Dear Valued Client:
The Major League Baseball season is underway, the NCAA Men’s Basketball Division I Tournament and the Masters Tournament have just reached their exciting conclusions, which means spring is officially here and we’ve closed the books on the first quarter of 2019. Much like the University of Virginia men’s basketball team, which shook off a dismal showing in the 2018 NCAA Men’s Tournament, becoming the first number one seed in history to lose in the first round, only to come back and win it all in 2019, US equities rebounded in dramatic fashion from the 4Q18 sell-off, which culminated with the “Christmas Eve Massacre.” Through the first three months of this year, the S&P 500 Index gained 13.07%, its best first quarter performance since 1998, and was accompanied by strong showings from the Dow and the Nasdaq Composite, which gained 11.15% and 16.49%, respectively. The first quarter surge was not limited to domestic equities, as both international developed and emerging market equities gained approximately 10% to start the year.
Similar to the Virginia Cavaliers’ march to the NCAA crown, the markets’ first quarter ascent did not come without a few tense moments. Concerns that the Federal Reserve might induce a recession by raising rates too aggressively were quickly replaced by concerns about an inverting yield curve, as a more dovish stance by the Federal Open Market Committee (FOMC) following its March meeting sent longer-term yields tumbling to 15-month lows and briefly pushed the 10-year US Treasury yield below the three-month T-bill. However, the 10-year yield rebounded relatively quickly, aided by a “Goldilocks” March jobs report with higher-than- expected jobs creation easing recessionary concerns, but, without a significant increase in hourly wages which could foreshadow a pickup in inflation and alter the Fed’s calculus on the pace of rate hikes. Meanwhile, Brexit and trade negotiations remain in the headlines and on the minds of both international and domestic investors. The market reaction to these concerns was relatively muted and as a result, the major US indices are on the verge of matching the all-time highs they reached in September/October 2018.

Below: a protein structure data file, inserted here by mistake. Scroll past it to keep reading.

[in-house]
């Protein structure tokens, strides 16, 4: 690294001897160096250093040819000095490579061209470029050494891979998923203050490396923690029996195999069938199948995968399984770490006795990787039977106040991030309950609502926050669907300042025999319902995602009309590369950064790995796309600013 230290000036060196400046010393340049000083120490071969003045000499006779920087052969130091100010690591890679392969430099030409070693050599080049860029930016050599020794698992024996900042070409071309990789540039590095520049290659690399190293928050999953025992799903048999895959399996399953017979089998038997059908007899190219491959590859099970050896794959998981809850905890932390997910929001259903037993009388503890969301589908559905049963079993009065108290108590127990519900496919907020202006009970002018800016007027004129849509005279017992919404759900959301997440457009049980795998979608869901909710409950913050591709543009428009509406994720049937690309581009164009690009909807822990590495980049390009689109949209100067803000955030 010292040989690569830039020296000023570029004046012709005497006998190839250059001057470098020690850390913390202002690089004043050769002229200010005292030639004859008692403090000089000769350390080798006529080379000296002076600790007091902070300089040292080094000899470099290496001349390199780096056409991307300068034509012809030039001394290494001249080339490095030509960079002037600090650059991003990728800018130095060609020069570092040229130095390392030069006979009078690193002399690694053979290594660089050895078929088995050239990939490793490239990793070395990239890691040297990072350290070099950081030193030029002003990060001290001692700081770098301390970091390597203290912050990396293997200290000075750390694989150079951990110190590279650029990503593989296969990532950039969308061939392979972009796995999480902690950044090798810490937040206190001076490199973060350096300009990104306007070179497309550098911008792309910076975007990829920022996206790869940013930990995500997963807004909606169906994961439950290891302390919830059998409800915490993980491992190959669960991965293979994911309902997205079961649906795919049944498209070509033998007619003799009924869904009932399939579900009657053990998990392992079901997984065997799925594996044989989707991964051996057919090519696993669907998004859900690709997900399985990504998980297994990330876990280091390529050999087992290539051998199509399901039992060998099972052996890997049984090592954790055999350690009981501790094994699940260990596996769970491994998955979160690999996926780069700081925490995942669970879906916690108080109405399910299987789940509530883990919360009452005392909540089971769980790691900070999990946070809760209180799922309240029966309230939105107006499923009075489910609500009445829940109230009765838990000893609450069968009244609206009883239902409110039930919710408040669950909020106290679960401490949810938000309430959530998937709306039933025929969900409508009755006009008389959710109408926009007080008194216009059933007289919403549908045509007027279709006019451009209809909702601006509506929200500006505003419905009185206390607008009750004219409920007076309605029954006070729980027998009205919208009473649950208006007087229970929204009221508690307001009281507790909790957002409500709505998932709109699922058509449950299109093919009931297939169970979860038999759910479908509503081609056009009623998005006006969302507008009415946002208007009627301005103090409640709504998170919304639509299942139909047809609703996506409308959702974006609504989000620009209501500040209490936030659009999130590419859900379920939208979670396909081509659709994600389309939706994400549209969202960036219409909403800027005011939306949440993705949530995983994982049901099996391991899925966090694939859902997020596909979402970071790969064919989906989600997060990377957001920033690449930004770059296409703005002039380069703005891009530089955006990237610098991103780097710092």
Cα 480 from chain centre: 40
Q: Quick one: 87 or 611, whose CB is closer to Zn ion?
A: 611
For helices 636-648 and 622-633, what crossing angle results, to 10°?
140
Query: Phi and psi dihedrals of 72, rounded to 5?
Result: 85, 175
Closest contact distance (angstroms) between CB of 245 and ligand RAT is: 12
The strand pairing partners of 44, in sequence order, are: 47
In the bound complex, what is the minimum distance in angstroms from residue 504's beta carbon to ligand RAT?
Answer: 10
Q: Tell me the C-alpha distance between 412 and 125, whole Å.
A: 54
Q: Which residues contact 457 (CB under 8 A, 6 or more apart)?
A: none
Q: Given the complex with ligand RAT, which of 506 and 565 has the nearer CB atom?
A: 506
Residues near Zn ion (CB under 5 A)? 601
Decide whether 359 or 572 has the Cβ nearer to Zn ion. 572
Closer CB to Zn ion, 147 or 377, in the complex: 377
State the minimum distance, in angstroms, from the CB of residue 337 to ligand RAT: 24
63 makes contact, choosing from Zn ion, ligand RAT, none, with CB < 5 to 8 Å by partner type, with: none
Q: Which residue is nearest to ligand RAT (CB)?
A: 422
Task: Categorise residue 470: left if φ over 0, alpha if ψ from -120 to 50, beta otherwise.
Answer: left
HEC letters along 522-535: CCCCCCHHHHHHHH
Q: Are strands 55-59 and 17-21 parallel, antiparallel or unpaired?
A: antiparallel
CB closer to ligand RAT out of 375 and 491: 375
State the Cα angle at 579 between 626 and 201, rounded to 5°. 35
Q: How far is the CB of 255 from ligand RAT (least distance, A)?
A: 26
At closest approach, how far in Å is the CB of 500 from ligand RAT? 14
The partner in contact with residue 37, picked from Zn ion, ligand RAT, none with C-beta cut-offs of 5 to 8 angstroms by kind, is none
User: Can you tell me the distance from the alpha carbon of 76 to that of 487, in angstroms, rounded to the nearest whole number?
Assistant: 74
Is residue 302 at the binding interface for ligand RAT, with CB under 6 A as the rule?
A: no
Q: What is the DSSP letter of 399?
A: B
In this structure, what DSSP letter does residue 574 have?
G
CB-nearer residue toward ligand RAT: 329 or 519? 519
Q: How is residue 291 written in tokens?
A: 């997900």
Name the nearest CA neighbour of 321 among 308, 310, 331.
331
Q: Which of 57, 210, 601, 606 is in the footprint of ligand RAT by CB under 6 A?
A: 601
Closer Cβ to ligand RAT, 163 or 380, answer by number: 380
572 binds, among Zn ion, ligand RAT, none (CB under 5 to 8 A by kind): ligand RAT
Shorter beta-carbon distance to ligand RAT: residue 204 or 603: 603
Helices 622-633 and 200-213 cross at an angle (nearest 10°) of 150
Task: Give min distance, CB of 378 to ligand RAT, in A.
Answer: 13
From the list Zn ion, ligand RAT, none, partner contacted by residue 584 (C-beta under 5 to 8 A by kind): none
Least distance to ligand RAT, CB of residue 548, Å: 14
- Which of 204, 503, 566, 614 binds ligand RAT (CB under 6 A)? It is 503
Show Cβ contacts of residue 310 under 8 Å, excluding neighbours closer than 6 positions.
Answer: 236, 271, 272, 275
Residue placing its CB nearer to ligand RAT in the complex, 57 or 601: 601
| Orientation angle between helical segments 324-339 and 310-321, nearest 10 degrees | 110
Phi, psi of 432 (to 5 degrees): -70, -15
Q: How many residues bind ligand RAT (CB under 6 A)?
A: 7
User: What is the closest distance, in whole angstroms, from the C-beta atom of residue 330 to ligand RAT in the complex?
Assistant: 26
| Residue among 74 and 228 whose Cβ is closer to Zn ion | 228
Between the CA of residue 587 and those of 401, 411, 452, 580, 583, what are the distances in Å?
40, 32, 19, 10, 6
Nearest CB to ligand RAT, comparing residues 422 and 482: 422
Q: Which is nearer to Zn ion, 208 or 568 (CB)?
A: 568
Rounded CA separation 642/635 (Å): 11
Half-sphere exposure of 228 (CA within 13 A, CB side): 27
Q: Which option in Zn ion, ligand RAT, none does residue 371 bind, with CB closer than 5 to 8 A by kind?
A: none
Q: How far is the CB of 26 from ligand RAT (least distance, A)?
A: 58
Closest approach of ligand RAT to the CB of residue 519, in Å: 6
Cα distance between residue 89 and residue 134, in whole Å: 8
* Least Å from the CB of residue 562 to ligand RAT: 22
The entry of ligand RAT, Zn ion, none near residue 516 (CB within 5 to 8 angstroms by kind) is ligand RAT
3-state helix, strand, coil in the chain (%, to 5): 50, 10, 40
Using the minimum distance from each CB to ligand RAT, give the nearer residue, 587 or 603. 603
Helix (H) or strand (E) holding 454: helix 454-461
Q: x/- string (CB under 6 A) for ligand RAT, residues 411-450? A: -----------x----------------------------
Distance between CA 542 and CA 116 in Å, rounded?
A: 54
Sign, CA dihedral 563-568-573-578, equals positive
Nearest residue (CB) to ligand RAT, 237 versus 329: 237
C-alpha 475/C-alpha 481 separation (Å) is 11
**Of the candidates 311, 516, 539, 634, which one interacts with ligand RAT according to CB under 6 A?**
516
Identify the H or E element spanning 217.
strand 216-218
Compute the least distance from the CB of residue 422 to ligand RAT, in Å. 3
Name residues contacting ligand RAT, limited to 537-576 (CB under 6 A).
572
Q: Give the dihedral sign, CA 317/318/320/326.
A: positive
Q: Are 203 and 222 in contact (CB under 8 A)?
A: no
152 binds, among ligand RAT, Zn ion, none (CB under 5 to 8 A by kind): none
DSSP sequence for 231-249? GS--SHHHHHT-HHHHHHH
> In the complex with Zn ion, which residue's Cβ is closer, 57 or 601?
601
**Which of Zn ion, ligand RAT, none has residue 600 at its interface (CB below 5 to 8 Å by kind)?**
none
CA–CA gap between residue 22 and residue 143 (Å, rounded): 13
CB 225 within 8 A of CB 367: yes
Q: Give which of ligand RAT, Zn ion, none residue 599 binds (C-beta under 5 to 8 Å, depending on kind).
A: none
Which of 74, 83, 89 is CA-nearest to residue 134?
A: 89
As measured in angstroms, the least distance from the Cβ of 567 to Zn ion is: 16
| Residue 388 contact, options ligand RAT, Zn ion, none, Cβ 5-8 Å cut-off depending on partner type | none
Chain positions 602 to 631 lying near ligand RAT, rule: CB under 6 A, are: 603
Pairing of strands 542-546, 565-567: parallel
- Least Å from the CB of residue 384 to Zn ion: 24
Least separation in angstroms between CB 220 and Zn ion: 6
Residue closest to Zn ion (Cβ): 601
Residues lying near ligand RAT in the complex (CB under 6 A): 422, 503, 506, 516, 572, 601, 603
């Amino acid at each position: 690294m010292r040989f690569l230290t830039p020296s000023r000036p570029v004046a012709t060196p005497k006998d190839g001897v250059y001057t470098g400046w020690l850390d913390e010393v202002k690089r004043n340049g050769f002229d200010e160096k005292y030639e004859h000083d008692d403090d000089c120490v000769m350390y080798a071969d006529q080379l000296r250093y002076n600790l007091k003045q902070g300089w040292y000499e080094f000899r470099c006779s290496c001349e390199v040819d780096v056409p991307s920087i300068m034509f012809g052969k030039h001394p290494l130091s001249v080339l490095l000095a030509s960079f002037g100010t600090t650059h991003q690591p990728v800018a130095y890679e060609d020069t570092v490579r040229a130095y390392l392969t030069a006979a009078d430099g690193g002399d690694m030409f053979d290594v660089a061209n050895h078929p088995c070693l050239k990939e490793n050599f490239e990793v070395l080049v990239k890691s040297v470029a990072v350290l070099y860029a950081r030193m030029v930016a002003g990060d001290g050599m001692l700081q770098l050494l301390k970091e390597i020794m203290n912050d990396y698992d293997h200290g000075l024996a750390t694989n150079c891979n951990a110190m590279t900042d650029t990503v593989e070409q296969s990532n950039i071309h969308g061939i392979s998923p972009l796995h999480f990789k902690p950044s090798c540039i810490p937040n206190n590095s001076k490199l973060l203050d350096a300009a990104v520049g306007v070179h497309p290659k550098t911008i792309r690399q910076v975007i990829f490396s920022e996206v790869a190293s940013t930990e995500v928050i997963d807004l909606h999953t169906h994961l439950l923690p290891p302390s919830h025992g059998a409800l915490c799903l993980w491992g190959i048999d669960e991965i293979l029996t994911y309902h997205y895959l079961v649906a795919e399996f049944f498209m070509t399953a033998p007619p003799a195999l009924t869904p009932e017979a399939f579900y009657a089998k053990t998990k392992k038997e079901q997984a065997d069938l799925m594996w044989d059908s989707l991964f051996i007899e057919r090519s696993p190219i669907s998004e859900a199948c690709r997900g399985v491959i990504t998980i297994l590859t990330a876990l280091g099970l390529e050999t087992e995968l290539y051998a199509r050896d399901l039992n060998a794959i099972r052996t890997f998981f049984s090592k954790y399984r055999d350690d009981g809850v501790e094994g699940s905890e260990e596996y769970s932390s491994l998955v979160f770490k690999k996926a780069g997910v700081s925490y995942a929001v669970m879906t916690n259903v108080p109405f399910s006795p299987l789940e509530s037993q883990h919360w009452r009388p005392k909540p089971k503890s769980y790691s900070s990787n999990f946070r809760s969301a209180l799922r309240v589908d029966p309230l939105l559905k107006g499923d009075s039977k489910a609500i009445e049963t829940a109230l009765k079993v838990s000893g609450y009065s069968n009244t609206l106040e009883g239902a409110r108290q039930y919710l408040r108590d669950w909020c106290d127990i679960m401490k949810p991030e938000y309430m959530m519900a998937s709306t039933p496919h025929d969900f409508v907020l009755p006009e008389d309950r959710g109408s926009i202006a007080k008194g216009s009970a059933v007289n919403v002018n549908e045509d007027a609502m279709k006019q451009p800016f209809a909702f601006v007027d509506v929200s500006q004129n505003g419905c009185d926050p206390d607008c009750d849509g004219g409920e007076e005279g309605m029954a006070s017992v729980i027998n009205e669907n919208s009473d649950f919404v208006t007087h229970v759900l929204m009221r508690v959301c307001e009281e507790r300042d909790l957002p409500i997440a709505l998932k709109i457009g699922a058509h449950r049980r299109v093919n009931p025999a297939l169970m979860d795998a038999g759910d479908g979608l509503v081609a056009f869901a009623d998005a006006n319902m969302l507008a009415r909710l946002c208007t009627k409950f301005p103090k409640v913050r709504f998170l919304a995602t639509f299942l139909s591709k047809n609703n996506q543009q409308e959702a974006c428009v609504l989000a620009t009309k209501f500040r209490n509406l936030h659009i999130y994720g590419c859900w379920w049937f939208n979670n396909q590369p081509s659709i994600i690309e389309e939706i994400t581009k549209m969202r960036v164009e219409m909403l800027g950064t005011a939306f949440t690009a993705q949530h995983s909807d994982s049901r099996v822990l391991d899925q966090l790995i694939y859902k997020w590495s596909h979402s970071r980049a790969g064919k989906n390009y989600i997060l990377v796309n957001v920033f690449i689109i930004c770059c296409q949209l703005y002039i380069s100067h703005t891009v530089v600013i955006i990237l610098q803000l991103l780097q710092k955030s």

As we head into the second quarter of 2019 US equities remains the “number one seed,” as it is the top- ranked asset class on a relative strength basis. From a style perspective, we continue to see market leadership from growth and the growth-oriented technology sector remains atop the relative strength rankings of US equity sectors. While growth remains the dominant style, there has been some noise under the surface, as sectors that typically tilt toward value, specifically utilities and real estate based investments, have gained relative strength. And as a result, we continue to keep an eye on these sectors, especially with regard to our income-focused portfolios, as utilities and real estate based investments have historically provided above- average dividend yields.
Like the MLB season, which still has about 150 games in store for each team, with about 180 out of 252 total trading days left in the year there is still a lot of action to come before we know how 2019 will play out for the market. However, the strong performance of the first quarter has given us good footing and the outlook for both the domestic and international equity markets has improved markedly from where we began the year.
If you have further questions, please contact me at your convenience.
David M. Gallagher
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This material was prepared by Billgood Marketing.
*The opinions voiced in this material are for general information only and are not intended to provide specific advice or recommendations for any individual. All performance referenced is historical and is no guarantee of future results. All indices are unmanaged and may not be invested into directly.
Stock investing involves risk including loss of principal.
Bonds are subject to market and interest rate risk if sold prior to maturity. Bond values will decline as interest rates rise and bonds are subject to availability and change in price.
International investing involves special risks such as currency fluctuation and political instability and may not be suitable for all investors. These risks are often heightened for investments in emerging markets.